We Are All Children in the Art of Reading

I recently finished reading Prayer for the Living, a short story collection by the great Nigerian writer Ben Okri (author of the Booker Prize-winning novel, The Famished Road). My favorite story in this collection is “Don Ki-Otah and the Ambiguity of Reading.” In this story, the iconic character Don Quixote has somehow been transformed by Okri into a modern African seer who, among his other adventures, has battled Boko Haram terrorists.

The story takes place in a printer’s shop in Lagos, Nigeria, where the well-read Don Ki-Otah expounds on the books he’s read over a long life, and his varied tactics of reading:

“In the course of a fifty-year reading career . . . I have experimented with 322 modes of reading. I have read speedily like a bright young fool, crabbily like a teacher, querulously like a scholar, wistfully like a traveler, and punctiliously like a lawyer. I have read selectively like a politician, comparatively like a critic, contemptuously like a tyrant, glancingly like a journalist, competitively like an author, laboriously like an aristocrat. I have read critically like an archeologist, microscopically like a scientist, reverently like the blind, indirectly like a poet. Like a peasant I have read carefully, like a composer attentively, like a schoolboy hurriedly, like a shaman magically. I have read in every single possible way there is of reading. You can’t remember the number and variety of books I have read without a compendium of ways of reading.”

In this extraordinary passage, we see the act of reading as fluid, not set in stone. Yes, we read from left to right (though up and down, and right to left are the preferred modes of other cultures), and we turn one page to get to the next, but aside from those stage directions there’s a lot of variation in how to read.

There are also, in that paragraph quoted above, a lot of adverbs. Nineteen, to be exact.

Doesn’t Okri know William Zinsser, author of the influential On Writing Well, has declared that “most adverbs are unnecessary”? Or that William Strunk, Jr. and E.B. White, authors of Elements of Style, have written, “Write with nouns and verbs, not with adjectives and adverbs.” Or that Callum Sharp, at “The Writing Cooperative” website, goes so far as to say that adverbs are the “death of good fiction writing,” giving examples such as “She quickly ran up the hill”?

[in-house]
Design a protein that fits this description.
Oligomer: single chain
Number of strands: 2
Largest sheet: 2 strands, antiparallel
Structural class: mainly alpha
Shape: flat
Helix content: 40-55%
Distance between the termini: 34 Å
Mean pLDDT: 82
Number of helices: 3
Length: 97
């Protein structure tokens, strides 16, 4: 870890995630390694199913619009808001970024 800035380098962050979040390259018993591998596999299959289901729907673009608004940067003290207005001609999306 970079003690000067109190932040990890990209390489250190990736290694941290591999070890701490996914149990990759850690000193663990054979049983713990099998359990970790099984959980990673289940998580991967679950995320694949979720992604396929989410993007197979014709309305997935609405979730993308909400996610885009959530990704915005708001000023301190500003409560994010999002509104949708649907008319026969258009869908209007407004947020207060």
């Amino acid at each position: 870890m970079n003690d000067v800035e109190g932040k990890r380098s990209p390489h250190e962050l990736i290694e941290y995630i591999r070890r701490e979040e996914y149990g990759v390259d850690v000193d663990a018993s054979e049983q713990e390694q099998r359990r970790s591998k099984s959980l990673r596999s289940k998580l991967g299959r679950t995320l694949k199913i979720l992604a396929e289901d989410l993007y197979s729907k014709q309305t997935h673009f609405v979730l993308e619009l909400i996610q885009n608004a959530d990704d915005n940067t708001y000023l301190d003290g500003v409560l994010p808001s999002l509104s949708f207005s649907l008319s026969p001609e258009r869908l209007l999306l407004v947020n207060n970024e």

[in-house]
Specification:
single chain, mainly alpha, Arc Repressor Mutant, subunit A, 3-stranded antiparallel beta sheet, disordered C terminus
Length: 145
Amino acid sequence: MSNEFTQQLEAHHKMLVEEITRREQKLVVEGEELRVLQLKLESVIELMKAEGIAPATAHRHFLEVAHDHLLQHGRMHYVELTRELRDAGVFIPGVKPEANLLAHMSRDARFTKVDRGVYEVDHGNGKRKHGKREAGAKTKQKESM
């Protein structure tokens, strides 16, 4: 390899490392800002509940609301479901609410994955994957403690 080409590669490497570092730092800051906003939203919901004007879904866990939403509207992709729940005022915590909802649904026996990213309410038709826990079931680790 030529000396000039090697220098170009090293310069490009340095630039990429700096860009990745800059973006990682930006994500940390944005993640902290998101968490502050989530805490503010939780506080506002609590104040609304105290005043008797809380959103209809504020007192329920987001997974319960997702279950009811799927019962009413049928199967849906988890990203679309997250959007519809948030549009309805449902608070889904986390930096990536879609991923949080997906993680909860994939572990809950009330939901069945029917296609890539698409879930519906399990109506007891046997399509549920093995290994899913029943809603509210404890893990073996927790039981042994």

At their frequent worst, adverbs state the obvious, especially in dialogue tags (“How dare you!” he said angrily), or prevent a writer from finding a better verb. Sharp’s example could be improved in this way: “She dashed up the hill.”

However, “How dare you!” he said coyly, is an entirely different sentence. Now anger has been transformed into flirtation.

Adverbs express their secret muscles when they contradict (coyly) what the reader expects, or sharpens a reader’s understanding. To get back to Ben Okri, to read “selectively” as a politician tells us much about that politician, and about politicians in general: always reading for partisan advantage. Peasants read “carefully” because they are not used to reading, and so need to slow down, or they read carefully because, from experience, they expect to be cheated and are looking for the trap. And so on. The nineteen adverbs in Okri’s paragraph delight instead of annoy, because they open up our understanding of the varied intentionalities of reading. He wields each one like a knife.

It’s always helpful to remind ourselves that a literary rule serves as a guide, not as a law.

Let’s take that thought and extend it to the stagecraft of reading. Why always travel from the first page to the grand finale?

The best books, I would suggest, are not overly concerned with what happens next, but instead lean curious about why it happens—the drama behind the mystery of someone’s behavior. That’s the reason one can read Anna Karenina or Pride and Prejudice more than once and with subsequent added pleasure, because the “what happens next” action of a book’s exterior world is illuminated by the “why” of the characters’ interior states.

Okri’s Don Ki-Otah takes this more than a few steps further, when he says,